A lucrative craft which may be carried on individually, or cooperatively as in schools for cripples in Scandinavia.
a. Albums, portfolios, guest books, etc. Apparatus needed, and steps in working. Illustrations of processes and appliances.
b. Rebinding old books.
A special industry in itself.
Methods of procedure.
Illustrations of sewing frame, press, etc., and various processes employed in covering a full-bound book.
Those wonderful volumes owned by Kings and Ecclesiastical Potentates, requiring months of patient labor, may be paralleled to-day by workers who have the triple requisites of money, time, and strength. Great libraries are still in existence which demand this exquisite craftsmanship in new work and in the repairing and preserving of precious volumes. There is no better field for the worker who loves intricate and laborious crafts.
But there is also an opportunity for the craftsman who has less capital and less strength, in the binding of music, the rebinding of old books by hand, and the making of albums and guest books. Such work is interesting and can be done at home, it is well paid, and affords great scope for exquisite delicacy of workmanship.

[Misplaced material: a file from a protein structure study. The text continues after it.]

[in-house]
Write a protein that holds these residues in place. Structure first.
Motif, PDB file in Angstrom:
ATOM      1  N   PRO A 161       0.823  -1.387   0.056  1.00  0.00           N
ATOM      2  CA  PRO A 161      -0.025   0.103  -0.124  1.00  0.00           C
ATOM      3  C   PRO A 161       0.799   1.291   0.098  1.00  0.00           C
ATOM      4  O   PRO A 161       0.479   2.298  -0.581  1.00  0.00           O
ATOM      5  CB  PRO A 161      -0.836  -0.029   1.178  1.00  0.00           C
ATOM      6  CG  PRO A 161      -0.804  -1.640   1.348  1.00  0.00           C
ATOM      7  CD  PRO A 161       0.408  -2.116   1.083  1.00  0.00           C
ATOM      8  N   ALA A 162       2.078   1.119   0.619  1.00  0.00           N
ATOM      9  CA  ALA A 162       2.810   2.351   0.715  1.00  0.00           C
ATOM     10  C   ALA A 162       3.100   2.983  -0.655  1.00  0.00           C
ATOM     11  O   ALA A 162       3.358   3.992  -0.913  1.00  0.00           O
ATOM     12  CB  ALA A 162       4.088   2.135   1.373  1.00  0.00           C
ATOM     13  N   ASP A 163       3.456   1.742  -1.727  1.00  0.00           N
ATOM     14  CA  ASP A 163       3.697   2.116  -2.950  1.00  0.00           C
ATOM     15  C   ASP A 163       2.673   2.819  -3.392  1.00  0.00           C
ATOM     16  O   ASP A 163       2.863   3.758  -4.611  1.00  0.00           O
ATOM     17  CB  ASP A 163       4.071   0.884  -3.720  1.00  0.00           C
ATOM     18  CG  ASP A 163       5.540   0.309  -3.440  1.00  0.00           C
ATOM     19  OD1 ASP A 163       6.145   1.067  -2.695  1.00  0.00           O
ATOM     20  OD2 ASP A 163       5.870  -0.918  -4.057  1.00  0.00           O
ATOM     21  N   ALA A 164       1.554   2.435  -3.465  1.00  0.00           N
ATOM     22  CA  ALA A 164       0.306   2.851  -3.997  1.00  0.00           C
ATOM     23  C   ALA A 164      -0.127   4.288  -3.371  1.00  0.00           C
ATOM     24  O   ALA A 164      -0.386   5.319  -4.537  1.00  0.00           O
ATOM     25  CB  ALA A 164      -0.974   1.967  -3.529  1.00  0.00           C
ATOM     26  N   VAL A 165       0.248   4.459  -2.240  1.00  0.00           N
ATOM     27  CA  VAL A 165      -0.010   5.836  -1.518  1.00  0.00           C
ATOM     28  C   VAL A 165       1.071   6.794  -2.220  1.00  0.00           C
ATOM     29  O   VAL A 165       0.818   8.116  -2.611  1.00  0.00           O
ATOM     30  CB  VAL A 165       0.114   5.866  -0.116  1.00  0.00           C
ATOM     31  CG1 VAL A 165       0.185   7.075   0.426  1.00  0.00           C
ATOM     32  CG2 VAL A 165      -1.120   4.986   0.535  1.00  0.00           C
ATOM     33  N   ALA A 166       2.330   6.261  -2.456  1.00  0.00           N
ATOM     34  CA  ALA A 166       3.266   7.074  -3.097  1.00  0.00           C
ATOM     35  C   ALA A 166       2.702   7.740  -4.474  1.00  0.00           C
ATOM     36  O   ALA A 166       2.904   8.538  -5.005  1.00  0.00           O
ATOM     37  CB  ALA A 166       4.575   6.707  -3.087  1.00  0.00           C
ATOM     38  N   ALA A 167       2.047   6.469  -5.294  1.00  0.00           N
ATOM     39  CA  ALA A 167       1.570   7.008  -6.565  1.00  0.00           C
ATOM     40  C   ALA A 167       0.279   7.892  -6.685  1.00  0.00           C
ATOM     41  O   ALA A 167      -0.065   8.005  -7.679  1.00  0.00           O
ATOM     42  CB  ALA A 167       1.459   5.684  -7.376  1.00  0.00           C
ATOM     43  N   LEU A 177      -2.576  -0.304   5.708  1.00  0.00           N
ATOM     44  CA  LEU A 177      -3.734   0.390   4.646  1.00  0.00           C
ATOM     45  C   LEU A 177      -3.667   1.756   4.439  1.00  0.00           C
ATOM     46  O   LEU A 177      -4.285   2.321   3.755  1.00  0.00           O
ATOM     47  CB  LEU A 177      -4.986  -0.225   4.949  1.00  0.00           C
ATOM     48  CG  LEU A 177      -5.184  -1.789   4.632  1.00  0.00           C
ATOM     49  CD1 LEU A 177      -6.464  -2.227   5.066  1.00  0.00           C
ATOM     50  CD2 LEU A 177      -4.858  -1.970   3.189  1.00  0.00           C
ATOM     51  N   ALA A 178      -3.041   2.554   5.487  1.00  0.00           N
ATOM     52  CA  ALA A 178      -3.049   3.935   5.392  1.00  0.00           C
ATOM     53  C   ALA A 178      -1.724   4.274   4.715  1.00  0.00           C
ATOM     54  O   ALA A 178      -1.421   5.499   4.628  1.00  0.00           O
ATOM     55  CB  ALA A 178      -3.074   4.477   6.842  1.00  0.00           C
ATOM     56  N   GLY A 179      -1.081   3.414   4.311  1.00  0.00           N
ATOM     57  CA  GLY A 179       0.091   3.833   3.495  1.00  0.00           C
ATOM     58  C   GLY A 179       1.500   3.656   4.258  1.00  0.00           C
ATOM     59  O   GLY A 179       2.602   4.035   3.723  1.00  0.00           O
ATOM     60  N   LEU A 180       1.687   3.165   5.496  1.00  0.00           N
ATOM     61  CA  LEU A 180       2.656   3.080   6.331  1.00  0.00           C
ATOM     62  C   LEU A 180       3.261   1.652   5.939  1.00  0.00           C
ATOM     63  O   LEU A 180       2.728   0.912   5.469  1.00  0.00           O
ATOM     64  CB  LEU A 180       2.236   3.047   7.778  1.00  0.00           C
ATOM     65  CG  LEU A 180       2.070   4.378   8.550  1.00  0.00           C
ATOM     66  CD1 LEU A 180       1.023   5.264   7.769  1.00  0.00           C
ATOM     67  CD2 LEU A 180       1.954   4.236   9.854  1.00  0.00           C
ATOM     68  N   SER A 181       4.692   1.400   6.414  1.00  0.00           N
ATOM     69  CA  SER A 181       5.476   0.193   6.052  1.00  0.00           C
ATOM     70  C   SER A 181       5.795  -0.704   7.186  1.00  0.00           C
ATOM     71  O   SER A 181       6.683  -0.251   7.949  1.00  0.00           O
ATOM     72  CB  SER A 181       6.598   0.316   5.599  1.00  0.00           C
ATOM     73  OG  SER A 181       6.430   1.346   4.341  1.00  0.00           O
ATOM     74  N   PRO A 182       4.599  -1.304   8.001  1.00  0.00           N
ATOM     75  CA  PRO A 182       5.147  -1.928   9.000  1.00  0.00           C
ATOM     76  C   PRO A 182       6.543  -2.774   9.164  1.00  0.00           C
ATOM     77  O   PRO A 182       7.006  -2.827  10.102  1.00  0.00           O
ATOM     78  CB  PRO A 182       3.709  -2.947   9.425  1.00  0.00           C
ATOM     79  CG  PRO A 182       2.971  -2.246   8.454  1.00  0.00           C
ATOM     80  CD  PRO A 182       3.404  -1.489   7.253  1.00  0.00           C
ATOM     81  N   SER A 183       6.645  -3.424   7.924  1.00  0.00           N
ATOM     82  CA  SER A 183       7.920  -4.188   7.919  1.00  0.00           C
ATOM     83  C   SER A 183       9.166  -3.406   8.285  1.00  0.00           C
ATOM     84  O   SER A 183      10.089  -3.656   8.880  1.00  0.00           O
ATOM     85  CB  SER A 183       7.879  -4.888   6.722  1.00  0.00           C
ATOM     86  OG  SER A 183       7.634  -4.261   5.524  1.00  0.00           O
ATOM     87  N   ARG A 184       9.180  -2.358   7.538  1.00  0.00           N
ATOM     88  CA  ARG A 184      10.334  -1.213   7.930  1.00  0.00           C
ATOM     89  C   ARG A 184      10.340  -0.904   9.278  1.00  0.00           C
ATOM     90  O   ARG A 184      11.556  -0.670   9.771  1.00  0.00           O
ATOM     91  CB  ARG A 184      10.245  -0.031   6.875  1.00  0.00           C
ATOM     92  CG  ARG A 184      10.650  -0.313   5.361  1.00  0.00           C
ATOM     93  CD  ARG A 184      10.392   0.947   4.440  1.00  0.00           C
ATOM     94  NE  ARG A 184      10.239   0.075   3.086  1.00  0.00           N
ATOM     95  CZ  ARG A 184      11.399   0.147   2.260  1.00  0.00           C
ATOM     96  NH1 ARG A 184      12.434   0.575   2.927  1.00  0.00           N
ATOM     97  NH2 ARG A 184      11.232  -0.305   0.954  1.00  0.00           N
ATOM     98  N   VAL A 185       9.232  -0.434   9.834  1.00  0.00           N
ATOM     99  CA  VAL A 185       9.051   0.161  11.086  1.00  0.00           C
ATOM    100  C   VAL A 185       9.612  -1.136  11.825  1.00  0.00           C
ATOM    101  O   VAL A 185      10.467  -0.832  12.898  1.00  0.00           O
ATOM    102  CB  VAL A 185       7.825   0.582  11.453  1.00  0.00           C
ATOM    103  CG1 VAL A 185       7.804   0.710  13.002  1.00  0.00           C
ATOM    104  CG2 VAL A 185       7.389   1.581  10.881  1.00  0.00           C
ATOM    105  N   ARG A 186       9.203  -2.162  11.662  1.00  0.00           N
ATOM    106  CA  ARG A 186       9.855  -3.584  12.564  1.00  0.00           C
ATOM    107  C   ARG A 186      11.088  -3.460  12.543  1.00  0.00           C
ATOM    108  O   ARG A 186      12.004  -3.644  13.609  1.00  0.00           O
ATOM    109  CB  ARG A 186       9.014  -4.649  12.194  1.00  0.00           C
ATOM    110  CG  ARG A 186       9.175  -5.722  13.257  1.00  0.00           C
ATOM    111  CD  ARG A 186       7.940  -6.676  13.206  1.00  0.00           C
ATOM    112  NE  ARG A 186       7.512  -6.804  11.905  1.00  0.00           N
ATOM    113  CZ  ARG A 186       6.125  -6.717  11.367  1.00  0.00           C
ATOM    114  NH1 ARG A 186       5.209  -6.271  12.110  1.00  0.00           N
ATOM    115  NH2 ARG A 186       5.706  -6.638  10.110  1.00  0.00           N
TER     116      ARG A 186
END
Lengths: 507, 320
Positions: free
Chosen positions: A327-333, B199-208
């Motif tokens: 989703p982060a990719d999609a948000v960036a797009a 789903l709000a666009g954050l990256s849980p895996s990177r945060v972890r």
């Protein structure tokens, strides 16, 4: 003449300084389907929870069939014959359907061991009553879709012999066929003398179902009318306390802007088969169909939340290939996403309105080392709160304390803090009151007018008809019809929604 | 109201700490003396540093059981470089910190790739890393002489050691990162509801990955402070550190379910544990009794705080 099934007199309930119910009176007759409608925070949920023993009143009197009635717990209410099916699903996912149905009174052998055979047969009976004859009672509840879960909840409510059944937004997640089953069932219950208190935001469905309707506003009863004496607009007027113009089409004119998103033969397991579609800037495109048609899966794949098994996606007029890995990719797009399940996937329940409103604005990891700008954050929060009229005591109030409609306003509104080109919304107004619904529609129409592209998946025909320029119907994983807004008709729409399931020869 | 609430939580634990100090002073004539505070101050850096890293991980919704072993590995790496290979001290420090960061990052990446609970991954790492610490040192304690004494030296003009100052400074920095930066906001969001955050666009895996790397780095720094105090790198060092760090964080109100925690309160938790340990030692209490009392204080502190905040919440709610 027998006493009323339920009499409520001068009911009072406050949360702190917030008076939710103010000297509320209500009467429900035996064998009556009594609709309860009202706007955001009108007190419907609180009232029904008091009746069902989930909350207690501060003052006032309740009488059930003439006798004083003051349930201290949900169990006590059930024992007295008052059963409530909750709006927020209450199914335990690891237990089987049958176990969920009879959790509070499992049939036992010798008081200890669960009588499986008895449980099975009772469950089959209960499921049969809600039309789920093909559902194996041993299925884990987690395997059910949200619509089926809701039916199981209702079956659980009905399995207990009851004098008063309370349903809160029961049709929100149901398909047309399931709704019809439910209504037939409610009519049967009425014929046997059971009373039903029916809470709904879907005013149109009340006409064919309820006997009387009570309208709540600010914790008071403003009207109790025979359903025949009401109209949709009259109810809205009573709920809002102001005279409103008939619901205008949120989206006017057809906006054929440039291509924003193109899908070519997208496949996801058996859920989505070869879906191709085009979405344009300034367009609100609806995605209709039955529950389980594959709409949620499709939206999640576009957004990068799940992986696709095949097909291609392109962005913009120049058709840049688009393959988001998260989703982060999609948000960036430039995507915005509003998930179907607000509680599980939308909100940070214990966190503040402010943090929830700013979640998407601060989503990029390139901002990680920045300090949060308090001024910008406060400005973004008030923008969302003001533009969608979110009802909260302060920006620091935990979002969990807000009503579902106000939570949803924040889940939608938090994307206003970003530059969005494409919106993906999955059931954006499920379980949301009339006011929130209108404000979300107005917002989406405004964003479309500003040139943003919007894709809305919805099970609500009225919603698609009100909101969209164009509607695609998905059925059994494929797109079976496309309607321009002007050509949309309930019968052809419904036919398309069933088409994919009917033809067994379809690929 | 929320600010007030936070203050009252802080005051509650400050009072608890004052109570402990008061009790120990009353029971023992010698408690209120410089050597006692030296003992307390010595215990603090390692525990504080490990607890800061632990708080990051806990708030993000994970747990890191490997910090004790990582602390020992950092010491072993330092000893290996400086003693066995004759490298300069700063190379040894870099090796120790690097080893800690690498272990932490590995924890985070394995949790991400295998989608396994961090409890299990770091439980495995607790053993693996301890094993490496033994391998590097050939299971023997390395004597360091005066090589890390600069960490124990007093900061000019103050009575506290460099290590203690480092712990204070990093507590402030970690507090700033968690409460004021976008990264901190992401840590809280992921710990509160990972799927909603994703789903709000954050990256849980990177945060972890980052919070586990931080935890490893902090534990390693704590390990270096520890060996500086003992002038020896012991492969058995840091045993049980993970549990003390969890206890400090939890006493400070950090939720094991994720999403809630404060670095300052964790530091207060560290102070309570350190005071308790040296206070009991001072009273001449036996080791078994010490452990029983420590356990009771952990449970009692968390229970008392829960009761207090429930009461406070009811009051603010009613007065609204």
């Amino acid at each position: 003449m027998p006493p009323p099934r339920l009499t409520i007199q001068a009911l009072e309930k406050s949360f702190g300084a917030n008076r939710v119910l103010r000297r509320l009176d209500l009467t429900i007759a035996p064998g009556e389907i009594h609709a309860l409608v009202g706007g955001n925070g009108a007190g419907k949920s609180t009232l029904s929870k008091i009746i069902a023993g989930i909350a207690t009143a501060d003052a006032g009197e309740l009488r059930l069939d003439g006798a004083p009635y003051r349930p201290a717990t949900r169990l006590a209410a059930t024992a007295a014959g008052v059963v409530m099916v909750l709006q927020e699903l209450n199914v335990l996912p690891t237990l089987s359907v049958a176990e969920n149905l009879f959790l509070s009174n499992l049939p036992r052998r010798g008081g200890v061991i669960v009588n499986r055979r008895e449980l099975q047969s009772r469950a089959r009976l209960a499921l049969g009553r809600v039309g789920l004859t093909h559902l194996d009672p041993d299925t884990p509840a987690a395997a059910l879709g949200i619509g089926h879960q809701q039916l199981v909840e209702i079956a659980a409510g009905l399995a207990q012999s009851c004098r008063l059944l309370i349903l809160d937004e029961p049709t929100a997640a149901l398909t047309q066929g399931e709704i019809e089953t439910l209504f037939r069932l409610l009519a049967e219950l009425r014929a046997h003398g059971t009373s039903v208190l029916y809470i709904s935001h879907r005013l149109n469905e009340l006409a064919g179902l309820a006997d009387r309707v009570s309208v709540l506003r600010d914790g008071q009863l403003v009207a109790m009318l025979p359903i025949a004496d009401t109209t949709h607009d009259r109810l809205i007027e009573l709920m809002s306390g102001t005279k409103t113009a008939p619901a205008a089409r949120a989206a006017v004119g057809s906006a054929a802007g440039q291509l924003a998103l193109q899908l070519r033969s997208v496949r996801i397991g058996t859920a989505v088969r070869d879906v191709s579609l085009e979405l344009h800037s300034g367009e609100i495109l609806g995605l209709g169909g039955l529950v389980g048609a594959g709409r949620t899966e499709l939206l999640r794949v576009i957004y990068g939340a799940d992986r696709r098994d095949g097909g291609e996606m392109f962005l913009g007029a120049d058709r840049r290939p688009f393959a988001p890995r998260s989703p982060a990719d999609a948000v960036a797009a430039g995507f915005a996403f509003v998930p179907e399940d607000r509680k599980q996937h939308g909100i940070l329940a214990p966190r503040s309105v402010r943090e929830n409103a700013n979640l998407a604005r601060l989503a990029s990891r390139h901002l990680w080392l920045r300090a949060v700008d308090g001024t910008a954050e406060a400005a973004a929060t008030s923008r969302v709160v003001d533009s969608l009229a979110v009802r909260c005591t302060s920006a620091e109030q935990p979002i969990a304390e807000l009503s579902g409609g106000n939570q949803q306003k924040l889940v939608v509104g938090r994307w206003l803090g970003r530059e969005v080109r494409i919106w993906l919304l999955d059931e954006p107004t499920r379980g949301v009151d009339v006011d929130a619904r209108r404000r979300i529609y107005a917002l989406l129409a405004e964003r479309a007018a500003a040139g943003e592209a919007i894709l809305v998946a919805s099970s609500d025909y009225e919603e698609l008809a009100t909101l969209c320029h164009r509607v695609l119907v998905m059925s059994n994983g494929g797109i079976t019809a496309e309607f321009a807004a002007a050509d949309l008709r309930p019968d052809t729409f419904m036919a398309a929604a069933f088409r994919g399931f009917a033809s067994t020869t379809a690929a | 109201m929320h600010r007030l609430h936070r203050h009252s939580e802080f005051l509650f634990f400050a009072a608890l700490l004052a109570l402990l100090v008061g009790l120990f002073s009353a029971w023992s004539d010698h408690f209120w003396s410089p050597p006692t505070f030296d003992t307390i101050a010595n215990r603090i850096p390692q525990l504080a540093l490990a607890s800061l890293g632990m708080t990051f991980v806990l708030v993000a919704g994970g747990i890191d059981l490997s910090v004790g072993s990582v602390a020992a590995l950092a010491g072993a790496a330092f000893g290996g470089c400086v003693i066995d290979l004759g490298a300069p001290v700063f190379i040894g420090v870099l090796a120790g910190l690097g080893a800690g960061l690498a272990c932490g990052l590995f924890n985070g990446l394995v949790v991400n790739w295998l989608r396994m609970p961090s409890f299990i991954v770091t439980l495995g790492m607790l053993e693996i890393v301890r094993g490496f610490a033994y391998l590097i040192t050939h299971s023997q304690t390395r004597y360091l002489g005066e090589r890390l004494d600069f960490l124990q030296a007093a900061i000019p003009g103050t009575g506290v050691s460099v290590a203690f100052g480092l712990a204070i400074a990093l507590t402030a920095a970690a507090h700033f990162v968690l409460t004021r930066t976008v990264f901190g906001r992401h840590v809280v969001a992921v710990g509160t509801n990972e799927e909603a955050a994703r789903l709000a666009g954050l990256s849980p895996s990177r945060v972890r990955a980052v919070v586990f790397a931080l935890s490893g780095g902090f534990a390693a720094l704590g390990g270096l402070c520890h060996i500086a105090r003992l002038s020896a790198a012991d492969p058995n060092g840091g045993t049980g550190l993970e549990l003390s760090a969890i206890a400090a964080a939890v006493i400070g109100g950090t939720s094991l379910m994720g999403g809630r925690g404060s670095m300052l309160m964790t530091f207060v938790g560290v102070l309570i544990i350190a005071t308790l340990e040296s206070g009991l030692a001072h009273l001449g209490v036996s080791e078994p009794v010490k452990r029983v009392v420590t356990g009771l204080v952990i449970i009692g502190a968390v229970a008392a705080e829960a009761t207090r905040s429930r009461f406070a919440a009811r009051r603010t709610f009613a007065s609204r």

When it is done on a large scale, as in Scandinavia, where it is a feature of the schools for cripples, it is an excellent cooperative industry.
In such a case, large presses, "guillotines" to cut the edges of sheets, and other machines are required, and frequently printing and bookbinding are combined so that large contracts - as for example, government reports in Denmark - can be executed.
The directions given are for individual work, and the list of tools and materials is kept as simple and inexpensive as possible, but it is safe to say that work done on a larger scale would stand a fair show of success.